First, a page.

Another aspect of my last trip to China is worth sharing. I accompanied the moon bear team to the Qiming Animal Rescue Centre outside of Chengdu, China, where I met dogs and cats who were rescued after the terrible earthquake that devastated large parts of the Sichuan Province in May 2008. I had already met two awesome dogs aptly named Richter and Tremor (aka Rambo because as a small dog Tremor carried himself with the confidence of Sylvester Stallone) who had somehow survived the earthquake and were living at the rescue center. At Qiming there were many dogs who needed care and Heather Bacon, the chief veterinarian at the moon bear centre, performed some minor surgeries and gave shots and medications when needed.
The team brought five dogs back to the bear centre for further care, as if the fine people working with the bears needed more work. I was asked to name the dogs so I did: Henry, Stevie, Lobster, Matilde and Butch. I was especially attracted to Henry because he reminded me of Jethro, minus about 70 pounds. Henry had been caught stealing meat from a butcher and in turn had his most of his right front leg lopped off by the butcher. Somehow Henry survived and wound up at Qiming. Stevie was blind and had to have his eyes removed because they were terribly infected, Lobster also had a broken leg that healed and looked like a lobster claw, and Matilde weighed in at about ten pounds and should have weighed around forty. Butch had lost an eye in a fight with another dog and needed to have it removed.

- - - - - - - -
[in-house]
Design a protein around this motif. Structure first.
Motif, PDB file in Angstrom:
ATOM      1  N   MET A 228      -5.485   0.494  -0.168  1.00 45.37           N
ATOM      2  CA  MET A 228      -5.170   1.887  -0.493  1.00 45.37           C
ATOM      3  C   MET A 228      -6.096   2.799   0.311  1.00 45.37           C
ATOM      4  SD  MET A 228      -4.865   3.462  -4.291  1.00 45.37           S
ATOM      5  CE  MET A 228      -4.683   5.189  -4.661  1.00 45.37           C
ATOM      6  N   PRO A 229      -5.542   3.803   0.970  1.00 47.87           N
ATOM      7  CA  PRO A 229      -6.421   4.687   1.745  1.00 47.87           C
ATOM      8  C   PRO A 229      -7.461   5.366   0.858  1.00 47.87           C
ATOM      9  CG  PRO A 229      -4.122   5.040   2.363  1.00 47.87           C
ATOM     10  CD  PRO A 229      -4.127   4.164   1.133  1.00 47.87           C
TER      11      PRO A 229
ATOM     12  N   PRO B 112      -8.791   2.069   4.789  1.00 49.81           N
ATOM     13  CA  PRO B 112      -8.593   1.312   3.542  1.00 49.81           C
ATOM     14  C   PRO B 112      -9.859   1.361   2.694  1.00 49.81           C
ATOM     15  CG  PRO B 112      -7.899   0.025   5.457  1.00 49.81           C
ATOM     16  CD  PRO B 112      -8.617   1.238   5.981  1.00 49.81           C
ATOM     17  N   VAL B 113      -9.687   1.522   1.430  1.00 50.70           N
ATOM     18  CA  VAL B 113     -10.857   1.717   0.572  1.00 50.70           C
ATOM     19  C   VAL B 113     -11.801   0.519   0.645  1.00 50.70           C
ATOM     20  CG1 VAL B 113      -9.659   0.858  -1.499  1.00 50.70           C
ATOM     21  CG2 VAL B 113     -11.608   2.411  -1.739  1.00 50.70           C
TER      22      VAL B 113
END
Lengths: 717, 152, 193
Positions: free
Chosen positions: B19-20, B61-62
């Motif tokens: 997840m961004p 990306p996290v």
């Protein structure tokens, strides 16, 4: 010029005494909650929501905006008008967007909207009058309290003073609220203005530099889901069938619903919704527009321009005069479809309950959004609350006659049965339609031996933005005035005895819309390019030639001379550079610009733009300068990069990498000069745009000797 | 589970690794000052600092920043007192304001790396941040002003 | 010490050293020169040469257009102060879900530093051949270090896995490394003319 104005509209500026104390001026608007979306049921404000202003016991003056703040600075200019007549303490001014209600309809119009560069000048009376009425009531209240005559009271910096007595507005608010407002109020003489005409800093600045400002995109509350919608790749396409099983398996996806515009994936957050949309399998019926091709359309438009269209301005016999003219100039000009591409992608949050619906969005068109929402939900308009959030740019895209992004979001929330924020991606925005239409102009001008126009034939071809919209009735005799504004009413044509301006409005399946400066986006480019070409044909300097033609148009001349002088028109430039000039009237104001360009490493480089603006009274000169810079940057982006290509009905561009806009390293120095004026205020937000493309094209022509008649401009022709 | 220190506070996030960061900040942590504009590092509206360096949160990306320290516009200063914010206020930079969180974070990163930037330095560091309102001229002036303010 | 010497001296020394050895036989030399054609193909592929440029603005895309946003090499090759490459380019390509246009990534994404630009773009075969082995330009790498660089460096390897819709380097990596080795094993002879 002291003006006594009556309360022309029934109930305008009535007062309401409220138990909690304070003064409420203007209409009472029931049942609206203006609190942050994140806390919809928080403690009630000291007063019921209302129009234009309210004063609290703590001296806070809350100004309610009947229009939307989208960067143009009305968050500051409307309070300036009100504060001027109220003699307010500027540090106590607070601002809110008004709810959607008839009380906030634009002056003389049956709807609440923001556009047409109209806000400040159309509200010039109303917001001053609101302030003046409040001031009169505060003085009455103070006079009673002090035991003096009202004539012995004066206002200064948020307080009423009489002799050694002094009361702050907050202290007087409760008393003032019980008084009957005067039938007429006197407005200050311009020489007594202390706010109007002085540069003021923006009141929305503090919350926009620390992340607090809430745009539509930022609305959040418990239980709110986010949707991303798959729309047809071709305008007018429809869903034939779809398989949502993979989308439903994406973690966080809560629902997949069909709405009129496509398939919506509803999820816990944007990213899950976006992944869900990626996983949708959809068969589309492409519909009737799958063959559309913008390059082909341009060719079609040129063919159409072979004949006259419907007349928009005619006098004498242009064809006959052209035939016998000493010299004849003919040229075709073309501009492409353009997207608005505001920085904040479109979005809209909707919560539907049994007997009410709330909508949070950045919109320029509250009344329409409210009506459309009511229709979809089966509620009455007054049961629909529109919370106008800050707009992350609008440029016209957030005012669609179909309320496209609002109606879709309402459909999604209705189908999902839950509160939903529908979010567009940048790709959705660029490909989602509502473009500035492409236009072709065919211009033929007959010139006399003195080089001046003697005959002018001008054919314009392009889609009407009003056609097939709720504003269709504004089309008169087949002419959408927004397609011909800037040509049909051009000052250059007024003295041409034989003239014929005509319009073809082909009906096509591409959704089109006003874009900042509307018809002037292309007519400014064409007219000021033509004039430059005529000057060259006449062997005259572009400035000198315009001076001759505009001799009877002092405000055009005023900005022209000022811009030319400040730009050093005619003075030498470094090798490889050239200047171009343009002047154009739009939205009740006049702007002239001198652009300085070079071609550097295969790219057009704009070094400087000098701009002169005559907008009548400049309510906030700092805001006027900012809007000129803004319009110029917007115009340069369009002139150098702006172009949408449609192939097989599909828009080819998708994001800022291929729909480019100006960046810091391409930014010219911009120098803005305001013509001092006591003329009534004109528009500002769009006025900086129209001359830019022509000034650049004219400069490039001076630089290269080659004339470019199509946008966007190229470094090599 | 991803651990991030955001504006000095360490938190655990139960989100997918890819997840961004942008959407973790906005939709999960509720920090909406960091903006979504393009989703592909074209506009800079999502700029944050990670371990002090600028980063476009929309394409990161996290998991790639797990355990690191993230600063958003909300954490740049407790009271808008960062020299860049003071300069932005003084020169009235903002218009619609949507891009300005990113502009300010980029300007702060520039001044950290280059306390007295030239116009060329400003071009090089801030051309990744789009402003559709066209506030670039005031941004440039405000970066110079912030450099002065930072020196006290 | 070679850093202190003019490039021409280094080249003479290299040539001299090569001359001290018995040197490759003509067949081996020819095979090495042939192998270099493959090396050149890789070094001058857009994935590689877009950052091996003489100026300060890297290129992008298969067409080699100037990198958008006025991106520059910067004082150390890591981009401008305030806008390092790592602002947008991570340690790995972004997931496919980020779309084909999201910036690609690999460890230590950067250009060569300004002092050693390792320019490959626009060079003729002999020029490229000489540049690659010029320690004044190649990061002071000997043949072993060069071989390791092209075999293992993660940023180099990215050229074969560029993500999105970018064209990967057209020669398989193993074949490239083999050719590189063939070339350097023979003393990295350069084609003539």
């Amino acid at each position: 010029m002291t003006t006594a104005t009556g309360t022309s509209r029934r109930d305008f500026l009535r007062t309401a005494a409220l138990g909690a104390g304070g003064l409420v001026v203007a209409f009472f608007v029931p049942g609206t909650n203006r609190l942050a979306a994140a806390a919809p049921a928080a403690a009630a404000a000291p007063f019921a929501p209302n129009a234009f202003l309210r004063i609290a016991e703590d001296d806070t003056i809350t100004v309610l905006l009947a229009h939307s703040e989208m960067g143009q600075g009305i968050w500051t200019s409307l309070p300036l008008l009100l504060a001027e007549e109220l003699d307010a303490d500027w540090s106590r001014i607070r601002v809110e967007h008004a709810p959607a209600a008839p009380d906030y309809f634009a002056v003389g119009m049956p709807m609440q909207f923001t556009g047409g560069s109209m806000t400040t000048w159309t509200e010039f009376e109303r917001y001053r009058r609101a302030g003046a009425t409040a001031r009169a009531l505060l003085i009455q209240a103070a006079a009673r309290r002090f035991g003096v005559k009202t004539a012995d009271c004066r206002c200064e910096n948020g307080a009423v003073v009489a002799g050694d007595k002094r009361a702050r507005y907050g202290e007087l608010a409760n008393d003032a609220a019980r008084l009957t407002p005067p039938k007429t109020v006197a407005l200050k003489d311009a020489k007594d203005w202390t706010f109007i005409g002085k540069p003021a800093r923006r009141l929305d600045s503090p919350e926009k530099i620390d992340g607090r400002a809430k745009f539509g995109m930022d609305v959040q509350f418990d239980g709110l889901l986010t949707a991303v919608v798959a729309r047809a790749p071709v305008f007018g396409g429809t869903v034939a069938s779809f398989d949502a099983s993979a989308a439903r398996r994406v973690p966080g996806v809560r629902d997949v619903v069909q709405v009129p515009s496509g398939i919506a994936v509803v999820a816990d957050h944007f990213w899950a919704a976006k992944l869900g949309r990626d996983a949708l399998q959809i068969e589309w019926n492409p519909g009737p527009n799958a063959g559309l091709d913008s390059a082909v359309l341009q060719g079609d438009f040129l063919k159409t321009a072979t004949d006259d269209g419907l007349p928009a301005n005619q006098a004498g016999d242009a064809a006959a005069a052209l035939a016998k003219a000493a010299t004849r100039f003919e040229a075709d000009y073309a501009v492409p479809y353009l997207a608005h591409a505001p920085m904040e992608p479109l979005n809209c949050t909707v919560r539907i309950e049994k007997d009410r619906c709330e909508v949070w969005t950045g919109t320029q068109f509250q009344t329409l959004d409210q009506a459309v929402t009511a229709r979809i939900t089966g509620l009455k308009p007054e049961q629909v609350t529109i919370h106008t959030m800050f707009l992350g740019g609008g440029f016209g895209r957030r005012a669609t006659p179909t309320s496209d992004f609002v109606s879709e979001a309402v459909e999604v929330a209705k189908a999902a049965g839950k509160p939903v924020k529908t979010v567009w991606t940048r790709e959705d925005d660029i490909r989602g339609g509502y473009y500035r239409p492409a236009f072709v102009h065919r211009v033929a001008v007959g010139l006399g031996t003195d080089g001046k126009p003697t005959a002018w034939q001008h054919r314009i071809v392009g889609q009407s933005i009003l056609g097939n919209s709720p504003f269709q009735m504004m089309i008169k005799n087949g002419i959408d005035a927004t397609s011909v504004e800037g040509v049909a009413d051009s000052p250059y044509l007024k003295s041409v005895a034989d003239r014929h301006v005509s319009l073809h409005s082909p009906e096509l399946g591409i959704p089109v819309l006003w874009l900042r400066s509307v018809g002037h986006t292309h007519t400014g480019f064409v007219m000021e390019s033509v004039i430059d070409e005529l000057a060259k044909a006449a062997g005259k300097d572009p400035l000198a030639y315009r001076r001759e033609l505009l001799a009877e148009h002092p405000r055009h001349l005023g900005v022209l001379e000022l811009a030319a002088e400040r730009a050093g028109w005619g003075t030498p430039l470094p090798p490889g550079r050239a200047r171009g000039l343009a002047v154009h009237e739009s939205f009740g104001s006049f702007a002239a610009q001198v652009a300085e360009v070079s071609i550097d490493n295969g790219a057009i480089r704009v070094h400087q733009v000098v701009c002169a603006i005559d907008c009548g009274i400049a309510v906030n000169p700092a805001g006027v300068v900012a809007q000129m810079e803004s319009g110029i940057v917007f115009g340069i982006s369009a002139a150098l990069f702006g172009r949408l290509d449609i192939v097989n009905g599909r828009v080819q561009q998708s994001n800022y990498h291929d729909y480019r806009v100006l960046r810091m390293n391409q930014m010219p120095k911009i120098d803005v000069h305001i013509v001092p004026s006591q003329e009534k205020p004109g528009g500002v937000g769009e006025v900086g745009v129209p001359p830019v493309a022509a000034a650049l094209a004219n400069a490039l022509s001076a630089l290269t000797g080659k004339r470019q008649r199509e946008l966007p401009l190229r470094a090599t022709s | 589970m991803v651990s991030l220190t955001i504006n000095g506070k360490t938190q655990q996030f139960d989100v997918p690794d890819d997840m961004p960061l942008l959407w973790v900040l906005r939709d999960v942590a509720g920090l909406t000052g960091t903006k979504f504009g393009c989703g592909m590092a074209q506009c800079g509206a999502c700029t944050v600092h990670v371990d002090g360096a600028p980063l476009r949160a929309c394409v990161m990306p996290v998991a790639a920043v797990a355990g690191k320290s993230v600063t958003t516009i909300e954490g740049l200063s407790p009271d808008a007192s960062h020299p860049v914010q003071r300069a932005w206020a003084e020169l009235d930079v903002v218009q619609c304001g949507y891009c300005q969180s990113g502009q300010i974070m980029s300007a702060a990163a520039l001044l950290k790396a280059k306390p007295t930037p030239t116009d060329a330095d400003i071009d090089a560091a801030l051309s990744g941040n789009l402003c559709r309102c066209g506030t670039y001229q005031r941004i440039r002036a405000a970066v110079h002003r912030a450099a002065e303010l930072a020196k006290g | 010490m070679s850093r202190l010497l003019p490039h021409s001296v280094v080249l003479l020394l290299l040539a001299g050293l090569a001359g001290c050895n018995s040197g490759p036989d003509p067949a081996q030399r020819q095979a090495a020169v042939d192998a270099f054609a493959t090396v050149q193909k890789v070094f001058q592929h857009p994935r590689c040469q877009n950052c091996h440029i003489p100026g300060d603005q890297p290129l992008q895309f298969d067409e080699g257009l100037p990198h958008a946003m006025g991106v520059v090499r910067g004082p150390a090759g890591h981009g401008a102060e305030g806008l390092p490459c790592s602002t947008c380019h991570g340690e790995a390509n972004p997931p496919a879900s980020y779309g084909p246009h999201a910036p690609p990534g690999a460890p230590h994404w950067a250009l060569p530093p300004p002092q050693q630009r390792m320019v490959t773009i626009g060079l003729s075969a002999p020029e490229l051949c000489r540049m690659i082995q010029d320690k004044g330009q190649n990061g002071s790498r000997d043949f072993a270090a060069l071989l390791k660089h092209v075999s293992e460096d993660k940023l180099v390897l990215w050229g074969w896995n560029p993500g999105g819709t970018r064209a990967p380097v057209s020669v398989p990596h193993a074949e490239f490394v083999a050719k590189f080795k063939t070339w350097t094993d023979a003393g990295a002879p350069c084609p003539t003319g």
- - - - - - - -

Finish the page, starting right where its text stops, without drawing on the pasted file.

When I last inquired all were doing well and I was told that Matilde now weighs about 40 pounds and that Henry was jumping around like a kangaroo on his remaining legs.
There is no doubt that these dogs and the moon bears are incredibly lucky for having the attention of all the fine people at the rescue centre. The animals who I met and the people who help them selflessly are amazing beings. We can all be inspired by them and know that we must always keep our hopes and dreams alive. The good, the bad, the ugly and our commitment to help those in need make us better humans. Compassion begets compassion. Through pain comes hope.
You can read more about Jasper's journey in a children's book that Jill Robinson and I wrote called "Jasper's Story: Saving Moon Bears" (Sleeping Bear Press, 2013) and more about Moon Bear Rescue here.
Bekoff's most recent Op-Ed was "Do Elephants Weep as an Emotional Response?." This article was adapted from "Animals Can Be Ambassadors For Forgiveness, Generosity, Peace, Trust, and Hope" in Psychology Today. More of the author's essays are available in "Why Dogs Hump and Bees Get Depressed." The views expressed are those of the author and do not necessarily reflect the views of the publisher. This version of the article was originally published on LiveScience.